not form a ring. In cases where INT_MIN is (INT_MAX  1)
(e.g., INT_MIN is 32768 for an INT_MAX of 32767) then there
is no "additive inverse" for INT_MIN  no element in the set
such that INT_MIN plus the element is 0.
Yes, there is. It is INT_MIN. Provided that overflow does not bother
the processor (which we assume, otherwise it would not be closed under
either addition or multiplication) . That INT_MIN is its own additive
inverse is in itself not a problem. And I think it is indeed a ring.
Just as I think that signed 1's complement numbers form a ring (again,
provided that overflow is ignored).
But Paul Hsieh is talking about a ring mod 2**n, and in that case the
numbers are inherently unsigned. In that ring 1 == 2**n  1.
Now his question was whether x << 7 would be equal to x * 128.
And indeed, that is the case, as long as there is no overflow,
it is the case, both on 1's complement and on 2's complement machines
(at least all machines I ever did use). For unsigned arithmetic and
for signed arithmetic.
And, contrary to Paul Hsieh's experience, in my career I think that
I have used 1's complement machines about as long as I have used
2's complement machines. Both about 25 years, but there is some
overlap when I used both.

dik t. winter, cwi, kruislaan 413, 1098 sj amsterdam, nederland, +31205924131
home: bovenover 215, 1025 jn amsterdam, nederland; http://www.cwi.nl/~dik/
In article <11************ **********@i42g 2000cwa.googleg roups.com we******@gmail. com writes:
....
But you're losing context again. That the *C standard* has these
weaknesses is well understood. And I'm sure there are 1s complement
machines, or otherwise where these weaknesses are truly manifest. In
real world 2s complement machines however, you will never see any such
problem.
You will. Unless you think that the Cray1 and successors is not a
real world machine (but they still were at the time of C89). Or
consider the Gould, also fairly popular around that time. On that
machine INT_MIN was INT_MAX, although it was 2's complement. What
would normally be seen as INT_MIN on 2's complement machines was a
trap representation on the Gould.
The ring properties are there for both signed and unsigned,
just as you may have learned about 2s complement in school. This is my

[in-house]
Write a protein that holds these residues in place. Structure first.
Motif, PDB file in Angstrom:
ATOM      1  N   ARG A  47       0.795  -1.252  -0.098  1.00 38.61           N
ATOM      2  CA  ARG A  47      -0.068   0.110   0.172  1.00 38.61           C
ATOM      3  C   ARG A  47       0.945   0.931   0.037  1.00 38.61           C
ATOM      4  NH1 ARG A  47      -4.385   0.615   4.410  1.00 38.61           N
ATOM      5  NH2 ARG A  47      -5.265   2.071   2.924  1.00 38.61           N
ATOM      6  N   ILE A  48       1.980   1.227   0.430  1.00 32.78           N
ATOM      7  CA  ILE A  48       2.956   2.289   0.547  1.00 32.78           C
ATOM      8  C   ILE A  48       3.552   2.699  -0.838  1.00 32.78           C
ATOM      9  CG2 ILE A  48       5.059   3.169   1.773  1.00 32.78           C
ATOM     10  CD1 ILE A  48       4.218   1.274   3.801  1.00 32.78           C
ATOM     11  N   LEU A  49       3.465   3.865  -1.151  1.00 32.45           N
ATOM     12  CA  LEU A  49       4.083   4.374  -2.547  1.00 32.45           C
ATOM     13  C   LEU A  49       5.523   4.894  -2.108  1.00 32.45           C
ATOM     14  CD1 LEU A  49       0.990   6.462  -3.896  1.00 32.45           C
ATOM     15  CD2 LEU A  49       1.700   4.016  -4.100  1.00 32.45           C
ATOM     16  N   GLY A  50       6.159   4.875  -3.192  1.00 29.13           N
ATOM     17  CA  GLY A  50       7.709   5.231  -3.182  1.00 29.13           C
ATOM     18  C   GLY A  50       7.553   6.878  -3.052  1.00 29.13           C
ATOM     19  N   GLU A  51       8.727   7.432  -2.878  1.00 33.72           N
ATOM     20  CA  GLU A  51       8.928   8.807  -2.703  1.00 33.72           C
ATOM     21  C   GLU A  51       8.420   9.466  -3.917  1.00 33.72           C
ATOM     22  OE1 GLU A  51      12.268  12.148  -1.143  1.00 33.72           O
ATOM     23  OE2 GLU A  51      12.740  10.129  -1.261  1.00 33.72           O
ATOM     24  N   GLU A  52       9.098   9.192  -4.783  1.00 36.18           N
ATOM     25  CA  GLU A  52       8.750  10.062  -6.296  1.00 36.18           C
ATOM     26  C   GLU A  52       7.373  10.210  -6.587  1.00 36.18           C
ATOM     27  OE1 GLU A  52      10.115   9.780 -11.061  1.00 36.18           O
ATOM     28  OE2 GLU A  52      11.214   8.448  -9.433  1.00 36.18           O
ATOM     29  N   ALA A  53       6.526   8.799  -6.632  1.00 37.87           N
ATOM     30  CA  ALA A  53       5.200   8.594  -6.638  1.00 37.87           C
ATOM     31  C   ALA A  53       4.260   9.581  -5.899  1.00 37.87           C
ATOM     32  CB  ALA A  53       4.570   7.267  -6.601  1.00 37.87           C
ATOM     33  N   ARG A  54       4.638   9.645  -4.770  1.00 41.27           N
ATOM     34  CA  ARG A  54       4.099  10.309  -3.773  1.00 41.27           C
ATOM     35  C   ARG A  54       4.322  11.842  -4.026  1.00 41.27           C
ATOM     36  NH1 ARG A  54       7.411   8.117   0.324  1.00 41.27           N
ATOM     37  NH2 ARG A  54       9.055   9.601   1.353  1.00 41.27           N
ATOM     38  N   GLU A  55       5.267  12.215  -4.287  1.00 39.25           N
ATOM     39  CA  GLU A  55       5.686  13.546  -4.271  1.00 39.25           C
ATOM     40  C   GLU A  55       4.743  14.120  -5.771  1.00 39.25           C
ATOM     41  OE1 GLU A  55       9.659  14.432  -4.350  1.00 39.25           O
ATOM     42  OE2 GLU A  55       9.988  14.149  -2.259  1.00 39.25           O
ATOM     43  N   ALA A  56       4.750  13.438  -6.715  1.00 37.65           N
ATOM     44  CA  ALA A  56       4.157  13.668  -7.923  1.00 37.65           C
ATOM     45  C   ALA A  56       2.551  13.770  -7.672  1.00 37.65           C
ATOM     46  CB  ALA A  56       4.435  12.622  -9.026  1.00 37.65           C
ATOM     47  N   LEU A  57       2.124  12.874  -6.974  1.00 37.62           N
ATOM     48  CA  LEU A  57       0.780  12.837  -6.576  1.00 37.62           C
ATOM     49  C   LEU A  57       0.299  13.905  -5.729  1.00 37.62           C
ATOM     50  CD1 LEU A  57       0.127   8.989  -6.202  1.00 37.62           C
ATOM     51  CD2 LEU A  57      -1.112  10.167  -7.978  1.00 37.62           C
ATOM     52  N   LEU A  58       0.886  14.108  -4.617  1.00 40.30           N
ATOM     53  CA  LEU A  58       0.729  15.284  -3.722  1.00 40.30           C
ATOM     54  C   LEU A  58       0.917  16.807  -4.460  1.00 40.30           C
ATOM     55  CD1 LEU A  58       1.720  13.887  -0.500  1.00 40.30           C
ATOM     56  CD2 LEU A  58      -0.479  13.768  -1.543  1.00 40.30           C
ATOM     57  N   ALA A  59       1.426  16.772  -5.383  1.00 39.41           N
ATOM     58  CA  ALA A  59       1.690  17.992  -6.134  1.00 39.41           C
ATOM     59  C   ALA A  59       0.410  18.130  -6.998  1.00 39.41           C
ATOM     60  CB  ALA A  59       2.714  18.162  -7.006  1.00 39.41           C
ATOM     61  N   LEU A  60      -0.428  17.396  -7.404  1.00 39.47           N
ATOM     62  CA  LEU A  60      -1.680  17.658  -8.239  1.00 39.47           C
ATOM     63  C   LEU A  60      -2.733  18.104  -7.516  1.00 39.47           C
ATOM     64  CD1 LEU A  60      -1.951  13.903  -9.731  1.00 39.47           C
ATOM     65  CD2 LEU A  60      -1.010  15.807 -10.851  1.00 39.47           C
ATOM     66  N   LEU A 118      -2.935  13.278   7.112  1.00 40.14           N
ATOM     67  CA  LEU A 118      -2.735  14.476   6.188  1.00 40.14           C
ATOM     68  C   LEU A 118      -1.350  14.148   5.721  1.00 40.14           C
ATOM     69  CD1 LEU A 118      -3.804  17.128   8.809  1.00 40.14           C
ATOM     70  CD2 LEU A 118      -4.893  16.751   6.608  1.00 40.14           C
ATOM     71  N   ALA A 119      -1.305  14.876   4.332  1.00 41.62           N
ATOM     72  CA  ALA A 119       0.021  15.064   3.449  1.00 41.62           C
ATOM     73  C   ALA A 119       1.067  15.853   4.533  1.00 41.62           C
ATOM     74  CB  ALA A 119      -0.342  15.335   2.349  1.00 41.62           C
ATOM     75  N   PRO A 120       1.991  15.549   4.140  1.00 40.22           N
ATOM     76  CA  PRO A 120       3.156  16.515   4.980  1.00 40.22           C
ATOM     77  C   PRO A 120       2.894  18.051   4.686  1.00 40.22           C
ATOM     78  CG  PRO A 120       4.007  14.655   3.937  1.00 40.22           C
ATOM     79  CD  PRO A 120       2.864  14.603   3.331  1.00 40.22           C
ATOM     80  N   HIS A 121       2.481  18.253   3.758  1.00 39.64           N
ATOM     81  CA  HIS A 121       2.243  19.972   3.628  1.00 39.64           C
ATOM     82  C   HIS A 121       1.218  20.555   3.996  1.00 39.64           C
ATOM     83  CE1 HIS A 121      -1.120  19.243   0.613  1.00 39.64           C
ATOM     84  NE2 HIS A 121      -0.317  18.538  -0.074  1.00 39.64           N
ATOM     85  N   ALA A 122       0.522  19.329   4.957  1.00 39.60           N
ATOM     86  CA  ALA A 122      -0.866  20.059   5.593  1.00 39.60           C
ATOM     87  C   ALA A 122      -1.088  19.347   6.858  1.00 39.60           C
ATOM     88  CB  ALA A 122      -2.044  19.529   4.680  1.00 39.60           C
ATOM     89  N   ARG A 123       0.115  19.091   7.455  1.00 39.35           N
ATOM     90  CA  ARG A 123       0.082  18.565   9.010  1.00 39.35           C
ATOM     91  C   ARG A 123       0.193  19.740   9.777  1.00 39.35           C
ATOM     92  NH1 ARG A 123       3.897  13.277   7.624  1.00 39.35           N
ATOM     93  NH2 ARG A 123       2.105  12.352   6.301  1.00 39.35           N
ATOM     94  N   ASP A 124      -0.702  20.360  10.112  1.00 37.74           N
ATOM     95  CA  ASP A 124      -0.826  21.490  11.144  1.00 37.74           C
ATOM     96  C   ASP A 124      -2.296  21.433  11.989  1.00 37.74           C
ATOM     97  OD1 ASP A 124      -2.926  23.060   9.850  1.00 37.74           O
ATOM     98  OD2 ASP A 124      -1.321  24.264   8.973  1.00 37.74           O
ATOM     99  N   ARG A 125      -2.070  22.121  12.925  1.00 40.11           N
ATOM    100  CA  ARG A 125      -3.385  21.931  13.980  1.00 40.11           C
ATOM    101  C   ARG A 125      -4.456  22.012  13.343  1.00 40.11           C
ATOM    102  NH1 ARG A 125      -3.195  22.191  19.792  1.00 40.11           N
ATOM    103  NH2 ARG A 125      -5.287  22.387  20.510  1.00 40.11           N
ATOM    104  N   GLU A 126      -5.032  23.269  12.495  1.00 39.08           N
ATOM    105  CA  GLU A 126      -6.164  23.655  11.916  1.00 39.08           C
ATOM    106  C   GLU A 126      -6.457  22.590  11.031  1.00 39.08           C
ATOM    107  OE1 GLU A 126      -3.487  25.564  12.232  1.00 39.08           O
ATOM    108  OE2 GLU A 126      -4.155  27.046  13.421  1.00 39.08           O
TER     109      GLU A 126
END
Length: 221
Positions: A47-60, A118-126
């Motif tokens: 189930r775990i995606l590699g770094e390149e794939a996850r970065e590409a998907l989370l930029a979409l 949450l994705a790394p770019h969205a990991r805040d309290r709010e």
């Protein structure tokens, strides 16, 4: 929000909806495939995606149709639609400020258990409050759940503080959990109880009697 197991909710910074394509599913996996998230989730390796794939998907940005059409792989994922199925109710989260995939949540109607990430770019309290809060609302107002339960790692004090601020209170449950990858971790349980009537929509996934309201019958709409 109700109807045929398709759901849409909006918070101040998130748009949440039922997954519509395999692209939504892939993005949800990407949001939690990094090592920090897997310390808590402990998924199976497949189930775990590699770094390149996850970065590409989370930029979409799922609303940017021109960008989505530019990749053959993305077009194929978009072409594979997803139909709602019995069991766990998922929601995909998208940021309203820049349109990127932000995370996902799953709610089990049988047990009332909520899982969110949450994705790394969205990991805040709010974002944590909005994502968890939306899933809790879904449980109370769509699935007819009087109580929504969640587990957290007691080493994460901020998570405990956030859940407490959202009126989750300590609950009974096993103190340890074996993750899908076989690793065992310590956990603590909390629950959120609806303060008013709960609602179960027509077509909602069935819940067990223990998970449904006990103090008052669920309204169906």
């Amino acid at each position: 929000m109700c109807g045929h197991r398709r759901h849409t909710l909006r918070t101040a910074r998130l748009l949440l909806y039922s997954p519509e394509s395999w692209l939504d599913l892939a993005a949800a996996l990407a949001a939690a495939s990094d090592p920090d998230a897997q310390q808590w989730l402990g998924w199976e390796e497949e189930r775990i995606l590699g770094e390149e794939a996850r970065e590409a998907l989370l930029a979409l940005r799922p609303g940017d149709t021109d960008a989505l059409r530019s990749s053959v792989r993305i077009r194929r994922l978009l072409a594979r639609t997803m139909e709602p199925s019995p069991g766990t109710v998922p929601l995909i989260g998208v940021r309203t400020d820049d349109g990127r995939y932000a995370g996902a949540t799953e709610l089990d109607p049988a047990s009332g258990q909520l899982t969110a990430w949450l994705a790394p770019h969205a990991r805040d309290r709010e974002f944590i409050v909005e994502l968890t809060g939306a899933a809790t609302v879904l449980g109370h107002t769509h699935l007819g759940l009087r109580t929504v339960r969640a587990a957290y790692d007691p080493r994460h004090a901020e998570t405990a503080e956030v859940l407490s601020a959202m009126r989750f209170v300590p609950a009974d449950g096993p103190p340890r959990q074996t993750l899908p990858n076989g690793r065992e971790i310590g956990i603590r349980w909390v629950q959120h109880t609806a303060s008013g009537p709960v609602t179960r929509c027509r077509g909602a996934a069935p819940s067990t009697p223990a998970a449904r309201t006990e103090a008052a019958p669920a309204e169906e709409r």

point  the standard penalizes your working assumptions, while the
*defacto* standard supports them.
Your de facto standard is just a subset of the working machines.
So if you want portability, you have to give up on using math. For
serious environments, that means you have to actually write more
verification code, which are completely pointless on platforms that
support the defacto 2s complement standard.
Yes, so if you omit that code you are *implicitly* doing something
nonportable.

dik t. winter, cwi, kruislaan 413, 1098 sj amsterdam, nederland, +31205924131
home: bovenover 215, 1025 jn amsterdam, nederland; http://www.cwi.nl/~dik/
>In article <eb**********@c anopus.cc.umani toba.ca>
>ro******@ibd.n rccnrc.gc.ca (Walter Roberson) writes:
>Caution: on most 2s complement machines ... there is no "additive inverse" for INT_MIN  no element in the set such that INT_MIN plus the element is 0.
In article <J3********@cwi .nl>, Dik T. Winter <Di********@cwi .nlwrote:
>Yes, there is. It is INT_MIN. Provided that overflow does not bother the processor (which we assume, otherwise it would not be closed under either addition or multiplication) .
Indeed, the problem is that overflow is not defined in C. It seems
to me odd for anyone to argue that 10414516 * 50120 "should" be
2010468192 in ordinary (signed integer) arithmetic; it seems to
me more likely that it should be "caught runtime error: integer
overflow" with the default behavior being to terminate the process
(on a Unixlike system anyway). It would be better if the behavior
*were* defined as "caught at runtime" (among other things, perhaps
Yahoo finance would not show NYSE stock trading volume as a negative
number when 2147483600 + 100 becomes 2147483596  apparently
someone forgot to use unsigned there too). But, as we see over
and over again in computing, it tends to be more important to get
the wrong answer as fast as possible... :)
>But Paul Hsieh is talking about a ring mod 2**n, and in that case the numbers are inherently unsigned. In that ring 1 == 2**n  1.
Yes ... so I found his later remarks (along the lines of "what if
I want negative numbers in my ring") rather puzzling. "Negative"
numbers are just positive numbers. This is one of the few places
where C gets the math right "right out of the box". Perhaps he
wants certain large positive numbers to print out, for output
purposes, as negative numbers. This is of course easy to achieve.
For instance, suppose we want our ring mod 2**32 (or whatever) to
hold positive numbers up to 17, and then use the simplest "negative
number" form for the rest of the values:
unsigned result;
...
printf("result is %s%u\n",
result 17 ? "" : "", result 17 ? result : result);
does the trick. This is slightly less convenient than simply lying
with "%d", perhaps  the lie will work on most machines but is not
portable  but clearly much more flexible, as in this example.
(So, I do not understand this complaint. Especially when there
are much more useful things to complain about, such as the lack
of a 2nbit product when multiplying two nbit numbers, or even
a fullprecision (a*b/c) routine, both of which would be quite
useful in certain fields.)

InRealLife: Chris Torek, Wind River Systems
Salt Lake City, UT, USA (40°39.22'N, 111°50.29'W) +1 801 277 2603
email: forget about it http://web.torek.net/torek/index.html